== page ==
New issue of the Corporate & Business Strategy Review journal

The editorial team of Virtus Interpress is glad to announce that the first issue of the journal Corporate & Business Strategy Review in 2021 has been published.

The articles presented in this issue are devoted to such topics as entrepreneurship, entrepreneurial intention, working experience, theory of planned behavior, cointegration, granger causality, gold market, organisational leadership, due diligence, human capital investment and management, human resource strategies, strategic management, digitalization, growth and de-growth, sustainability, theory of the firm, reacquisition, mergers and acquisitions, information asymmetry, efficient market hypothesis, etc.

The full issue of the journal is available at the following link.

In the first article of this issue, Ajay Sidana, Neeru Sidana, and Rohit Sood investigate how global gold price trends impact domestic gold prices and domestic gold price trends contemplate in international gold markets (specifically a comparison between the US and India gold markets).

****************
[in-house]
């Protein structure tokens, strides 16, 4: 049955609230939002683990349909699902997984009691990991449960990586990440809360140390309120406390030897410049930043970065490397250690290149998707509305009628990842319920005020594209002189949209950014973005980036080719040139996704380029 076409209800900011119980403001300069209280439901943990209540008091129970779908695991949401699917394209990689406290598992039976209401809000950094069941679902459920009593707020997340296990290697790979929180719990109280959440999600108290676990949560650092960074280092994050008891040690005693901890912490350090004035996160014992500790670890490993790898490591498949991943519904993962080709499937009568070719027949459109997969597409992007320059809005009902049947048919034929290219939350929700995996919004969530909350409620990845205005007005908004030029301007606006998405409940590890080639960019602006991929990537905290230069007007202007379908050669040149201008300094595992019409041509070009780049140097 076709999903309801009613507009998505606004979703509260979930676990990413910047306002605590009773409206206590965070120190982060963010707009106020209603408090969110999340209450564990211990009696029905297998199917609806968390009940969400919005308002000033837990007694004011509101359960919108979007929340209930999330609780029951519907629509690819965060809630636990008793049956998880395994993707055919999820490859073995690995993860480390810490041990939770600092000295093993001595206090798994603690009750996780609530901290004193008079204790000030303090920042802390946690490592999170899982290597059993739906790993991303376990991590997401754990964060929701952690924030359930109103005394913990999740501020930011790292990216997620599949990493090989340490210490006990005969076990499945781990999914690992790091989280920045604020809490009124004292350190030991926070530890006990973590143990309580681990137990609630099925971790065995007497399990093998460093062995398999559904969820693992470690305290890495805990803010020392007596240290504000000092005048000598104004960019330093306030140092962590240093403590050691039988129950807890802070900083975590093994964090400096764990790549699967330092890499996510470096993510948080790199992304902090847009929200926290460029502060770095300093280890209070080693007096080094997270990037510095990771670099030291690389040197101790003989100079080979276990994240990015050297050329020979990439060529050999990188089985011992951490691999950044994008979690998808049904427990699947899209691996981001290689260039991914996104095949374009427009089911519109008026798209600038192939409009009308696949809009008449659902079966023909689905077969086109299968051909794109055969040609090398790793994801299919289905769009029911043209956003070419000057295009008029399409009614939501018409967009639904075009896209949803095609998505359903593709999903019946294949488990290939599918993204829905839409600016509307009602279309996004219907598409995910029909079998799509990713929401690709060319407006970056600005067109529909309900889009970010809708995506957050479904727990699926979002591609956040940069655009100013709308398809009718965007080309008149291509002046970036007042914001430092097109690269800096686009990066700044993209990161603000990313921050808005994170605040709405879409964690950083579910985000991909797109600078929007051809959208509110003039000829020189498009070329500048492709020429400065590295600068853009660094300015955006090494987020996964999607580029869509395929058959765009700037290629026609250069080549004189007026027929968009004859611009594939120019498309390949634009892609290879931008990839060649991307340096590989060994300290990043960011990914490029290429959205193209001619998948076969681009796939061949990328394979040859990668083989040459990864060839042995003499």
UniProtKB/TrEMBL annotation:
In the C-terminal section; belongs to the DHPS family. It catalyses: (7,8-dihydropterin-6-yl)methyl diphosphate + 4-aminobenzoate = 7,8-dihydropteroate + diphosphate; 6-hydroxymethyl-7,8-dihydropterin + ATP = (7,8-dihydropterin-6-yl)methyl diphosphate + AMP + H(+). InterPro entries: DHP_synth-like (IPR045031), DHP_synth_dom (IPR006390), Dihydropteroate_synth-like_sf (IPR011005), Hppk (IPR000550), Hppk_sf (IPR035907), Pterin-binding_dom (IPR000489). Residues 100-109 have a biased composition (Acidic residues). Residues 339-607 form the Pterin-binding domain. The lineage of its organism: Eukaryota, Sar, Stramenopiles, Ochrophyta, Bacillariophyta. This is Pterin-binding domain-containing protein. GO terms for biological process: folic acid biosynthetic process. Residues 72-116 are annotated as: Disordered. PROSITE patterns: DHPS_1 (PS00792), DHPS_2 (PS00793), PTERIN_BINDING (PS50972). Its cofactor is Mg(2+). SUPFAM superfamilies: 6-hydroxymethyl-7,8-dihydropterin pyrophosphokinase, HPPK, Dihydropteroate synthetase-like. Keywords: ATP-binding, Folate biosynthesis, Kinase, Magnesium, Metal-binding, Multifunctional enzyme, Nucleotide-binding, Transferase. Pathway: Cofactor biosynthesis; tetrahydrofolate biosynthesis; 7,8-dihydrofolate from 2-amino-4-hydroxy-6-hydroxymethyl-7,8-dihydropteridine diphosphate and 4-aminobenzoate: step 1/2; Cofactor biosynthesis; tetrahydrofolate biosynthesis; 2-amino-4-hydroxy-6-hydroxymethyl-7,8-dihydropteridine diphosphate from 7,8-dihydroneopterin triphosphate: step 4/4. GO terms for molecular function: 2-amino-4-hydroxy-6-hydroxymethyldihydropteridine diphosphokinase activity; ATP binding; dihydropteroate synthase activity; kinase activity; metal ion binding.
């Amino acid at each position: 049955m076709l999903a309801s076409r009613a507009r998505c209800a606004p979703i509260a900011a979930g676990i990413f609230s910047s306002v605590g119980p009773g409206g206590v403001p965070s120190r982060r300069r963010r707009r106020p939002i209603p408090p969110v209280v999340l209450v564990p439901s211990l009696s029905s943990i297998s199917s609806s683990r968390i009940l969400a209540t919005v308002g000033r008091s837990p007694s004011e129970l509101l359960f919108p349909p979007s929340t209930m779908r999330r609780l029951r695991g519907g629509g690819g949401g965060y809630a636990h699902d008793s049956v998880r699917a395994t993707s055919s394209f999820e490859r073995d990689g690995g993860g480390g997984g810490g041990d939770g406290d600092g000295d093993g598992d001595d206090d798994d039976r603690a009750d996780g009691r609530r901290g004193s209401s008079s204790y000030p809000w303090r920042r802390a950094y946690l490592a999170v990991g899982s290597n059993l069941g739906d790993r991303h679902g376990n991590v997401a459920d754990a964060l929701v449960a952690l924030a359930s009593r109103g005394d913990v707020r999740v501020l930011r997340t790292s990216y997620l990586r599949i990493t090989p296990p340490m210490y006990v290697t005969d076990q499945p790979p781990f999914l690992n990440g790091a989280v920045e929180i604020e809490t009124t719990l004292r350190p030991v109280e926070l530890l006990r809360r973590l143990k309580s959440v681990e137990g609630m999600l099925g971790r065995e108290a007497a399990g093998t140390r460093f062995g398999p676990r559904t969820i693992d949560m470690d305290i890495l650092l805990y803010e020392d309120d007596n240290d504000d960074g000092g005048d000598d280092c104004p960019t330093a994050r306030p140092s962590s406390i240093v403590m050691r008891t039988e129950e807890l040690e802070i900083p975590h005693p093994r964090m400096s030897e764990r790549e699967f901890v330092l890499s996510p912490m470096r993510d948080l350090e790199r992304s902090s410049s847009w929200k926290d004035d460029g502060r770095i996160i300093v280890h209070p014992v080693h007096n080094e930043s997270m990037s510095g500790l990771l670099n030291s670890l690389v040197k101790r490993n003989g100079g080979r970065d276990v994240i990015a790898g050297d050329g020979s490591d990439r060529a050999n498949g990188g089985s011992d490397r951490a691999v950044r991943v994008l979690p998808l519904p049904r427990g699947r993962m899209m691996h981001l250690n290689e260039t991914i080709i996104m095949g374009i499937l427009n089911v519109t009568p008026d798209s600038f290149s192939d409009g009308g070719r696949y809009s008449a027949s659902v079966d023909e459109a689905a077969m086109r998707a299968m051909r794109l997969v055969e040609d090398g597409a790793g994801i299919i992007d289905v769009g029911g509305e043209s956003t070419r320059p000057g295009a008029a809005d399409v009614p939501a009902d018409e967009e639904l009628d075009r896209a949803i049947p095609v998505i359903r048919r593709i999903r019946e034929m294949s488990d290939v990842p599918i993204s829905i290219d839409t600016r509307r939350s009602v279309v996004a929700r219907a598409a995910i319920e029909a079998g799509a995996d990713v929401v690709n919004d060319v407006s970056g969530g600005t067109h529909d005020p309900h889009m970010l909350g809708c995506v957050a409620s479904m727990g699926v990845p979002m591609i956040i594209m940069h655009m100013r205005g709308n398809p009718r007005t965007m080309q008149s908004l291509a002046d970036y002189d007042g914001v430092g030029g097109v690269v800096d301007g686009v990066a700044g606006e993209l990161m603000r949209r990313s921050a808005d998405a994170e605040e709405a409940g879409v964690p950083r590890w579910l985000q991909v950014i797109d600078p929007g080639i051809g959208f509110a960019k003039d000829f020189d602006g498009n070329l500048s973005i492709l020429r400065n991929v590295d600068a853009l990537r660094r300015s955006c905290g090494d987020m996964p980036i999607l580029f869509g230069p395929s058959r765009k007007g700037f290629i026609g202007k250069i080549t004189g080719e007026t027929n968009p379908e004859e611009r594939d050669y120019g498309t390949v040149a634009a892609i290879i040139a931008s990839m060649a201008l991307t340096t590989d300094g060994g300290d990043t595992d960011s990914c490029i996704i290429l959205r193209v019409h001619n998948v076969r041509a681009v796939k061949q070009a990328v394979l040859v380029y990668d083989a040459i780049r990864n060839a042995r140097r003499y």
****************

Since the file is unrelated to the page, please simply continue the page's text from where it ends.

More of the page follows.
Alexandros G. Sahinidis, Panagiota I. Xanthopoulou, Panagiotis A. Tsaknis, and Evangelos E. Vassiliou aim to identify the factors that determine entrepreneurial intention and examine the effects of age and prior working experience on the formation of entrepreneurial intention.

Alan Fish and Xianglin Ma discuss the due diligence in reframing organisational leadership through an investment approach to human capital and mindset with the purpose to enhance relations between organisations, their multistakeholders, and ecosystems.

Dodo zu Knyphausen-Aufseß and Tilman Santarius analyse the strategic management discipline with an aim to reintroduce the lost normative perspective and to provide a guideline for future theorizing about business firms as well as guidelines for practice, focusing on (de-) growth, sustainability, and digitalization issues.

Finally, Benjamin Dietz and Dodo zu Knyphausen-Aufseß shed light on the topic of reaquisitions, which are a type of mergers and acquisitions in which previously divested company parts are reacquired by parent companies, and show that reacquisitions are evaluated significantly more negatively by investors than regular mergers and acquisitions.

We hope that the readers of the journal of Corporate & Business Strategy Review will find this issue worth reading and interesting.